Why volunteering is good for you

Our busy lives are all about give and take. One of the best ways we can give back is by volunteering.

Experts have long known volunteering is great for our health and wellbeing – both physically and mentally.

So to mark National Volunteer Week (May 21-27), we take a look at some of the benefits of lending a hand.

It can keep your mind healthier for longer

A 2005 study by the University of Minnesota found older people who volunteered could slow the decline of cognitive impairment.

It can stave off depression

The same US study found volunteering could slow the increase in depression. The researchers found the more hours a year a person volunteered, the less depressed they felt.

Volunteering widens your friendship circle

You’ll widen your friendship circle

A 2015 Harvard Medical School study suggests volunteering can make us feel more socially connected.

Getting to know others in your community can lead to lifelong relationships, and the researchers say this helps us feel more connected and wards off loneliness.

It can lower blood pressure

The Harvard study found volunteering may contribute to lower blood pressure – because it can increase physical activity, which can in turn lower blood pressure and improve the overall feeling of wellbeing.

According to another US study, older adults who volunteer at least 200 hours each year are less likely to develop high blood pressure.

It can help you feel better about yourself

Volunteering can give you a real sense of achievement and purpose, which can give your self-esteem and confidence a big boost.

Volunteering can help you sleep better

You’ll sleep better

A survey of 4500 people by Stony Brook University School of Medicine found people who volunteered had less trouble sleeping and less anxiety.

And if that weren’t enough, more than two thirds said it made them feel physically healthier, while 96 per cent said it made them happier.

It could lead to a new job

Volunteering will give you new talents, or help you hone existing ones, which is a bonus for your CV. It also gives you a chance to try your hand at something new – and who knows, that might even lead to a career change.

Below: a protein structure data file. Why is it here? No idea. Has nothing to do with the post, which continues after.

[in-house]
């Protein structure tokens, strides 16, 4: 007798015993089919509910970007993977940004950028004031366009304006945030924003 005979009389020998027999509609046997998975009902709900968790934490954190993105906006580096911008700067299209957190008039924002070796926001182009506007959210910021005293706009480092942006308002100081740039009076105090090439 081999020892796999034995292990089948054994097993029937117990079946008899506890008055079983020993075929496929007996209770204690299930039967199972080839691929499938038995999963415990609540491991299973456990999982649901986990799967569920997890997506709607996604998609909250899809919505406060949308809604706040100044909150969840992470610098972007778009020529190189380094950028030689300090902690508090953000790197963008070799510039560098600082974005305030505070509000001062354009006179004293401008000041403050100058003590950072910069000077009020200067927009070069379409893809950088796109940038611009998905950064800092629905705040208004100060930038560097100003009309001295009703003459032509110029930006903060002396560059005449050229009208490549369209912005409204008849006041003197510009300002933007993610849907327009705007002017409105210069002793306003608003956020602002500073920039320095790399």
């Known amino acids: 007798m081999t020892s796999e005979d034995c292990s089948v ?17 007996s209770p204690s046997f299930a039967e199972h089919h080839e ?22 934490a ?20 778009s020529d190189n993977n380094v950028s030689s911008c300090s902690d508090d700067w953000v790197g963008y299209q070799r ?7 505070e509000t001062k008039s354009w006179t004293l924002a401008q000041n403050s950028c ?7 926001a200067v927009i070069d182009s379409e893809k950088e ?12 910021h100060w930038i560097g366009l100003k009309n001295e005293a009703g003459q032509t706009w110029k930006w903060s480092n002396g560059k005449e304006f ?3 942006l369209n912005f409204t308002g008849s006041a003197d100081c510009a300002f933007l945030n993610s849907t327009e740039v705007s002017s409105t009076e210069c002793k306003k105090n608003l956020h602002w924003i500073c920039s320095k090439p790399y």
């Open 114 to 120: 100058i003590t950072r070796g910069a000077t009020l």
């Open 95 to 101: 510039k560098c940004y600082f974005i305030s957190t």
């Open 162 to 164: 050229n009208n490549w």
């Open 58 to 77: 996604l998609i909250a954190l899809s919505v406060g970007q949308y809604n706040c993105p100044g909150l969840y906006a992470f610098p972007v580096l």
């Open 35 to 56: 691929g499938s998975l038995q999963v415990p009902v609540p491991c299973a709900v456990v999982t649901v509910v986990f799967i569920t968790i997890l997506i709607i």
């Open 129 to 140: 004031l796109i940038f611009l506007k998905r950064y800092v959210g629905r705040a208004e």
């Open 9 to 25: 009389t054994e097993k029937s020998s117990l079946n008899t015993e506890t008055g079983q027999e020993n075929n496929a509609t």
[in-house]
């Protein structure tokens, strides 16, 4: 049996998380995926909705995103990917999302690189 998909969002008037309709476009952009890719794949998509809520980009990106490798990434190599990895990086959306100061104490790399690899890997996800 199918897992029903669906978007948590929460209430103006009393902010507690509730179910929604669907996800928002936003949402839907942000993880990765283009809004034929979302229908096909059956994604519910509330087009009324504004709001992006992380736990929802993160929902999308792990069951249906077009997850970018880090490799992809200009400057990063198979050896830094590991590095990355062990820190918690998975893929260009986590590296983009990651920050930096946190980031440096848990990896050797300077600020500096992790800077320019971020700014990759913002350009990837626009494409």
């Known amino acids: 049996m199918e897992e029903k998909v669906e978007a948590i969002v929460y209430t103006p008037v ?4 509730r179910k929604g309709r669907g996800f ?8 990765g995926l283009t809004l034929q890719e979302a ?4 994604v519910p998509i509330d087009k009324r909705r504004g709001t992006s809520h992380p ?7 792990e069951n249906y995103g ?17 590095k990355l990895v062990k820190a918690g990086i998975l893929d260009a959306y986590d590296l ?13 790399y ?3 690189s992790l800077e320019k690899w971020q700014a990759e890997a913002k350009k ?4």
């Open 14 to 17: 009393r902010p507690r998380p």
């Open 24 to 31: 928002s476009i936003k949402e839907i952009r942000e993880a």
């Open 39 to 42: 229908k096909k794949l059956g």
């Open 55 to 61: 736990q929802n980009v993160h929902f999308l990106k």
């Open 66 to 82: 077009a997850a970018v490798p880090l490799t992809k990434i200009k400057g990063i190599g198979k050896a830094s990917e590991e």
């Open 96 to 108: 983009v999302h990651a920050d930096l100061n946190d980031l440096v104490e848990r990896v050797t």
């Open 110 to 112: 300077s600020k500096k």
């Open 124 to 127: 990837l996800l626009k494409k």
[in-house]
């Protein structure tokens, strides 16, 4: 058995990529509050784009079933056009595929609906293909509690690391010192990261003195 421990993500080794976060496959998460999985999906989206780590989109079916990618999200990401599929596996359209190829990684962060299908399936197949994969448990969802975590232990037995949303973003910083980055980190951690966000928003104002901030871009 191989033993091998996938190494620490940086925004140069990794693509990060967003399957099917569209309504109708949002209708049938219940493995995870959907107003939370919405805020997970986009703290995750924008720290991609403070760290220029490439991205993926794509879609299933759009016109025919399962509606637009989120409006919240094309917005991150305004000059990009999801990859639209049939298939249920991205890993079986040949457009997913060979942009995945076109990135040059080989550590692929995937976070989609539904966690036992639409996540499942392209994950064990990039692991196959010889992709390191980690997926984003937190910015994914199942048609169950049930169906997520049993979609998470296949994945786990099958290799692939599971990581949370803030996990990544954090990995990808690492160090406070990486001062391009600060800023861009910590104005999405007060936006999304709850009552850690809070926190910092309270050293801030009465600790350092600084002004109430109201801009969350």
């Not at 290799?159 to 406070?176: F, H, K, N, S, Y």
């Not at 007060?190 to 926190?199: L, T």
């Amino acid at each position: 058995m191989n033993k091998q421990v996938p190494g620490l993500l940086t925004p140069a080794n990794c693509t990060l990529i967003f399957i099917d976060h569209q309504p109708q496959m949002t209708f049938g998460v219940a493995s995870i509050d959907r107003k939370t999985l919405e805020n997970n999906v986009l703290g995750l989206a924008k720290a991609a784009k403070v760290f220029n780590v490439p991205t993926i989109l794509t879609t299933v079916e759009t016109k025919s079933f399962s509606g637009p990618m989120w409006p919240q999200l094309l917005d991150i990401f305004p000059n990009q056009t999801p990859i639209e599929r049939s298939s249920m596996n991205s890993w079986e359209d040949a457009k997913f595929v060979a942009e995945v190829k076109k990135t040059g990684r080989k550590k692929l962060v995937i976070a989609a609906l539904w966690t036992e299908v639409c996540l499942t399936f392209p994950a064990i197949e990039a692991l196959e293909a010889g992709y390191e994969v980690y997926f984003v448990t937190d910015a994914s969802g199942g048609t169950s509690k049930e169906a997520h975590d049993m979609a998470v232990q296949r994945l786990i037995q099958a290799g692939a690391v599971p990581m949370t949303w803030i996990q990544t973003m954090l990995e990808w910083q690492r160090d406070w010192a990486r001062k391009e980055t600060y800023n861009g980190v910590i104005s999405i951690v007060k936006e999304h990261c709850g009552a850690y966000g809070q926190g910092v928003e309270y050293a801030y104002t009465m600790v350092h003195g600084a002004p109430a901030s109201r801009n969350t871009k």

Where to volunteer

Countless community, educational, sporting and other non-profit organisations are always looking for an extra pair of hands.

You could try:

  • Helping to feed the needy at a soup kitchen
  • Reading to school children
  • Helping migrants learn English
  • Visiting nursing home residents
  • Walking, feeding and caring for animals at a shelter
  • Joining your local community tree-planting or bushcare days
  • Helping to co-ordinate or run events like local festivals, fundraisers and shows
  • Mentoring young people
  • Coaching a local sports team

GoVolunteer has thousands of volunteering opportunities to browse. So go, volunteer!

Volunteering as a group is good

Why I love volunteering

Victorian registered nurse Megan Hayes, 42, is among around six million Australians who volunteer each year.

Ms Hayes is a regular volunteer at parkrun, a weekly timed 5km run or walk at more than 300 places around Australia and 17 countries around the world.

“You really get to be a part of your local community and get a real sense of belonging,” she says.

“I feel a lot of self-worth and satisfaction in giving up my time to support others. It’s hard to explain the feeling. But every time I volunteer I can’t help but smile and I always walk away happy and content, no matter what is going on in my life at the time.”

Looking for more inspiring volunteer stories? Meet the barber who is making a real difference on Melbourne streets.

Written by Sally Heppleston